I am sometimes (not as often as I should be) asked about the return on investment of our matrix management training.

There are two types of people who ask this question; ones who are genuinely interested and want to know and sceptics who doubt whether training really ever pays off.

In my corporate career I used to have to pitch for our annual training budget and I prepared substantial cost benefit analysis. Training is actually quite well studied and I found reports that showed the impact of introducing the same equipment with and without training and ROI calculations for both technical and soft skills training. I was challenged quite hard on return on investment and always struggled to get the budget I wanted.

One year I stayed around to watch the pitch from my colleague in marketing. He asked for $500 million on the basis that this is what we spent last year! As a matter of interest I researched the return on investment and cost benefit analysis on TV advertising – I could find no studies showing a correlation between advertising spend and sales, except in the case of new product launch. The difference was that the organization believed in advertising and saw training as an expense.

If I take our matrix management training as an example  – we worked with a couple of clients to identify specific actions as a result of the training and monitored their implementation. The typical return on investment over six months was in excess of 700%

We can get some specific deliverables around the cost of cooperation, travel and communication in the program. Here is what it takes to achieve payback

  • saving one business trip in the whole of the rest of your career. We give people a whole range of tools for managing without travel
  • cancelling a one-hour meeting for 10 people in the whole of the rest of your career. We show people how to save up to 20% of their time by challenging unnecessary meetings and conference calls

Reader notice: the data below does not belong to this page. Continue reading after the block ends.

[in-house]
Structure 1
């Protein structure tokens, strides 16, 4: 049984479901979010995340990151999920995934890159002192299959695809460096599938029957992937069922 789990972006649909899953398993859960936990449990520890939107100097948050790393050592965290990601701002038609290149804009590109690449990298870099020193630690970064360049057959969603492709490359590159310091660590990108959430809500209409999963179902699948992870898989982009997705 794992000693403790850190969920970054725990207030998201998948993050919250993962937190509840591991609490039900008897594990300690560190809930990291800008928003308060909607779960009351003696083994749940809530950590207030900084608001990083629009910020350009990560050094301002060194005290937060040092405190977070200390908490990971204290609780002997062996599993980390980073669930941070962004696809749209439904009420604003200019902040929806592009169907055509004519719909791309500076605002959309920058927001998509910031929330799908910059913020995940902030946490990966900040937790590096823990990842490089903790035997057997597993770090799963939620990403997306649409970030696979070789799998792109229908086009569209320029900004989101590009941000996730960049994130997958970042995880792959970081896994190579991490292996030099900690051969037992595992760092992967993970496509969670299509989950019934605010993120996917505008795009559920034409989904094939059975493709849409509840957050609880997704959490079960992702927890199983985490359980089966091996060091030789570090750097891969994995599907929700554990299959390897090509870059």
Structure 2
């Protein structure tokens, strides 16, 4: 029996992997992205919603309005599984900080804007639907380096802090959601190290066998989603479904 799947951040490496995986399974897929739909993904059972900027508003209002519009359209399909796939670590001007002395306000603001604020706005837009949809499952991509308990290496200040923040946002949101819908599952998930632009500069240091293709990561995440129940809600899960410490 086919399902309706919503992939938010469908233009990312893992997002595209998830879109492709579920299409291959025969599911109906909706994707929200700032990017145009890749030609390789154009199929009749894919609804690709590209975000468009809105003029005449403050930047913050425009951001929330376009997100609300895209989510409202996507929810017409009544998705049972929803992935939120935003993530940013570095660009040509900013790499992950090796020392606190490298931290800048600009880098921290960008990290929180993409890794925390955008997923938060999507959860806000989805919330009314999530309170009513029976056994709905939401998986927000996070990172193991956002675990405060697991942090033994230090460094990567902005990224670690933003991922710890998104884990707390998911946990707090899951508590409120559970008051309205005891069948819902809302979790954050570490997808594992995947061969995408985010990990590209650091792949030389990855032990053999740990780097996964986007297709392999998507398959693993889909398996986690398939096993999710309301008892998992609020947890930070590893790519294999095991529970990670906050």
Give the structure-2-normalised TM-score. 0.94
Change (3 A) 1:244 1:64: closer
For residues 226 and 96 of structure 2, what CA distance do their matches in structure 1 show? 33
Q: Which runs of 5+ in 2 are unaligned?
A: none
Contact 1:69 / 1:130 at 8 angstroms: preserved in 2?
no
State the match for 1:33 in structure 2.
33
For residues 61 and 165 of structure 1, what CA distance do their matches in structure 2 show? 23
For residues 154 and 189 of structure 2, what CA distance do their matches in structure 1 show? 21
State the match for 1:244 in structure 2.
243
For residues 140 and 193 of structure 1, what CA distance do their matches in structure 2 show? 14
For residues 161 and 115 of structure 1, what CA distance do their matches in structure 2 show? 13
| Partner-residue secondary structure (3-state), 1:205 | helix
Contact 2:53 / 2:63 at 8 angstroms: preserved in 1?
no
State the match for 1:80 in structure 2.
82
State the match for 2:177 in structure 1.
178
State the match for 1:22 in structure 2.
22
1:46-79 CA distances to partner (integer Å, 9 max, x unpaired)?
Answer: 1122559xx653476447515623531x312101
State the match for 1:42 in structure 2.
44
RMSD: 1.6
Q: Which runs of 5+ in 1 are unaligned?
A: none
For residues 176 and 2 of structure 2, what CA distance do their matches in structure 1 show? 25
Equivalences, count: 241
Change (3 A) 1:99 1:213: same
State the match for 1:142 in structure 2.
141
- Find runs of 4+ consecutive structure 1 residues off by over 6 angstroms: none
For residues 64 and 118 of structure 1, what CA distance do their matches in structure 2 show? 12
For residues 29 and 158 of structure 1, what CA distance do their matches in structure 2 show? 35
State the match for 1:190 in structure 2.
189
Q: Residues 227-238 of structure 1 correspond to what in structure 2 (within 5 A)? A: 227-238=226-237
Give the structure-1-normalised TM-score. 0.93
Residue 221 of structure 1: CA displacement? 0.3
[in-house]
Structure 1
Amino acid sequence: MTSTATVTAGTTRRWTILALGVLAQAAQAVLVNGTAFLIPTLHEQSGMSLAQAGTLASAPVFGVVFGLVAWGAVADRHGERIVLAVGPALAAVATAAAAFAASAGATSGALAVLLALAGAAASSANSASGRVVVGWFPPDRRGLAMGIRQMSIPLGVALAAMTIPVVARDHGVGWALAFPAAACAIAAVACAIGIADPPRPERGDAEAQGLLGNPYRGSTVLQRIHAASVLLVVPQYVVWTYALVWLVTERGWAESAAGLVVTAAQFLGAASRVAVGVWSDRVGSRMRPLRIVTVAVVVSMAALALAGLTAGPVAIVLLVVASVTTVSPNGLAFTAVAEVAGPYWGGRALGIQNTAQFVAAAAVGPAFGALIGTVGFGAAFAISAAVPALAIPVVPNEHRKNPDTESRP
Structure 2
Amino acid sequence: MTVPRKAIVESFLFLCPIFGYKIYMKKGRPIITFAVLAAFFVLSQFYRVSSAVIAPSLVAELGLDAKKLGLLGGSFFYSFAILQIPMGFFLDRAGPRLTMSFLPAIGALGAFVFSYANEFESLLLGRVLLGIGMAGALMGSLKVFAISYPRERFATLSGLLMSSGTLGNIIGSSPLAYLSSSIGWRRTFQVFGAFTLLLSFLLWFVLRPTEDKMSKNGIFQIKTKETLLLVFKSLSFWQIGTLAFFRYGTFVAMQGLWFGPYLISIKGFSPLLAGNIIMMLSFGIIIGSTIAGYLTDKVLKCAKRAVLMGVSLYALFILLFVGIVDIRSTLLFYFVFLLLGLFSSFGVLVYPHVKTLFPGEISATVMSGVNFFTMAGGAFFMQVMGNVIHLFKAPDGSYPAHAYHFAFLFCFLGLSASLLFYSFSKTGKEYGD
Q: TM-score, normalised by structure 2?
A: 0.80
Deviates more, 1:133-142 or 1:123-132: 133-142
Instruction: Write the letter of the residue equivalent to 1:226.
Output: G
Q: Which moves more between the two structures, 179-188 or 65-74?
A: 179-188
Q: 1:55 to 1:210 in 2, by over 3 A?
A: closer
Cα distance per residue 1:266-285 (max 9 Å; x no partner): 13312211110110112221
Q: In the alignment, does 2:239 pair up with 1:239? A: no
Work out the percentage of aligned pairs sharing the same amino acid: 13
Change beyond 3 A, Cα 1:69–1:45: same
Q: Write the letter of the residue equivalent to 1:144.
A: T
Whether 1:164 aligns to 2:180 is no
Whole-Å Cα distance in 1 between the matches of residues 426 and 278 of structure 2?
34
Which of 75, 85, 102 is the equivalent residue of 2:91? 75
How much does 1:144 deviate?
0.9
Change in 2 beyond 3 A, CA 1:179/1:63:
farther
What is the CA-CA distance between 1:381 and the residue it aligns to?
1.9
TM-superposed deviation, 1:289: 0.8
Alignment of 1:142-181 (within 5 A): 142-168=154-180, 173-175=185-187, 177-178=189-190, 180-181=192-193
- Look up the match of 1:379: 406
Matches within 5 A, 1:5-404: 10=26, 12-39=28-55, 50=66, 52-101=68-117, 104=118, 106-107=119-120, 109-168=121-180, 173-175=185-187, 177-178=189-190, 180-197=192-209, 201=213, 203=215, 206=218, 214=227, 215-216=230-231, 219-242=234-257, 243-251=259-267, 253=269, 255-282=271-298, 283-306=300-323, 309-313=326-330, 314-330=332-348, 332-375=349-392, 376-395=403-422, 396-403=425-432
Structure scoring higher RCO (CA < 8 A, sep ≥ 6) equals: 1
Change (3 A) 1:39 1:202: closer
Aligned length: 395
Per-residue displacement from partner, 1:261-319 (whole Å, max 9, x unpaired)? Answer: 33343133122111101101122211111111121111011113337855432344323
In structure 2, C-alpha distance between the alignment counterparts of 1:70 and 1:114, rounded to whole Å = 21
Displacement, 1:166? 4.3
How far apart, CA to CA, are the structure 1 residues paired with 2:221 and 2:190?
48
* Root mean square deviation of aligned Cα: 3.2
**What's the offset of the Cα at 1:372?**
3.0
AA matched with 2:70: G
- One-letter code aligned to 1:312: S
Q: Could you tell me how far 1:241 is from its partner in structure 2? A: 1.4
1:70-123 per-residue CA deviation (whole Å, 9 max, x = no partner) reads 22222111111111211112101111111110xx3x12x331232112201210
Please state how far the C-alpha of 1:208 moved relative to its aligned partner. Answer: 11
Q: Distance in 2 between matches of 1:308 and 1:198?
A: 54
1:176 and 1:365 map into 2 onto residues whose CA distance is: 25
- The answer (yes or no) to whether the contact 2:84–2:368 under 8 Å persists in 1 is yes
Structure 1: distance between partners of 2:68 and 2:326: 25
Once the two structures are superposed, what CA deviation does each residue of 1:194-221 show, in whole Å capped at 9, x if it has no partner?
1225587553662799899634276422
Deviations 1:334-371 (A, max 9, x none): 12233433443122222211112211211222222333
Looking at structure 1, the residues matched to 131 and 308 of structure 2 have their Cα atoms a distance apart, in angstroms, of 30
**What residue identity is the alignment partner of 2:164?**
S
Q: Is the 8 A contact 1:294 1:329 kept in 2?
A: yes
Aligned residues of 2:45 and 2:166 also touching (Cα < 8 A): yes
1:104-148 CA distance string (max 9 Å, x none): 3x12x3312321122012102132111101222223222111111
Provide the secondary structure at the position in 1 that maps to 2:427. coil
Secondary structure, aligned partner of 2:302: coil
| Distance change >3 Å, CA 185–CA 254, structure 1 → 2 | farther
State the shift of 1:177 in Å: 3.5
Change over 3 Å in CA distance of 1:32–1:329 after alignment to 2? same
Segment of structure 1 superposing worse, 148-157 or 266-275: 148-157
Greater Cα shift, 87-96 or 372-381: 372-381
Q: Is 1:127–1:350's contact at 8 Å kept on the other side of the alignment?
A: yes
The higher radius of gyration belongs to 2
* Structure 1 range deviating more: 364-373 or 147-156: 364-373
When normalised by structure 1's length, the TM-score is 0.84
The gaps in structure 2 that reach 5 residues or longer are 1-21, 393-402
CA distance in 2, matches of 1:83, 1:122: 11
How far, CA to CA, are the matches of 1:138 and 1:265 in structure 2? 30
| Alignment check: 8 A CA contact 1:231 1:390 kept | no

• speeding up a moderately important project or decision by one-day in the whole of the rest of your career. We show people how to speed up a matrix and virtual team delivery by 25%.
  • improving your ability to engage people so that you stop one person from leaving your company would pay back 100x the cost of the training

As you can see the return on investment on matrix management training is huge. The fact is that people are expensive and training is not – a typical professional employee costs the company approximately $100,000 per year, every year, if you account for all the costs of employment. So even ½% increase in productivity is likely to give you pay back in 12 months.

Matrix management training introduces some different skills, some are even counter-intuitive such as challenging the value of teamwork and cooperation. The matrix can easily lead to much connection and we need to be challenging about where it really adds value.

It’s true that smart managers will often work out some of the techniques themselves. Given  time, but the cost of learning is often high with travel, meetings and other communication and coordination costs being high. What is the ROI of trial and error?

If you are a believer you will be convinced, if not you will probably be thinking “well they would say that wouldn’t they.” Why not check the robustness of your organization’s ROI calculations on advertising, capital investment and IT spend and compare it with the results in training.

We are always keen to conduct ROI analyses with our clients. A thorough Kirkpatrick based analysis of learning outcomes is a significant piece of work but can be worth doing from time to time to ensure that your investment is well-placed.

Find out more about our matrix management training.

About the author:

Kevan Hall Kevan Hall is a CEO, author, speaker and trainer in matrix management, virtual teams and global working. He is the author of "Speed Lead - faster, simpler ways to manage people, projects and teams in complex companies, "Making the Matrix work - how matrix managers engage people and cut through complexity", and the "Life in a Matrix" podcasts, videos, cartoons and blog. He is CEO and founder of Global Integration. Company profile: .

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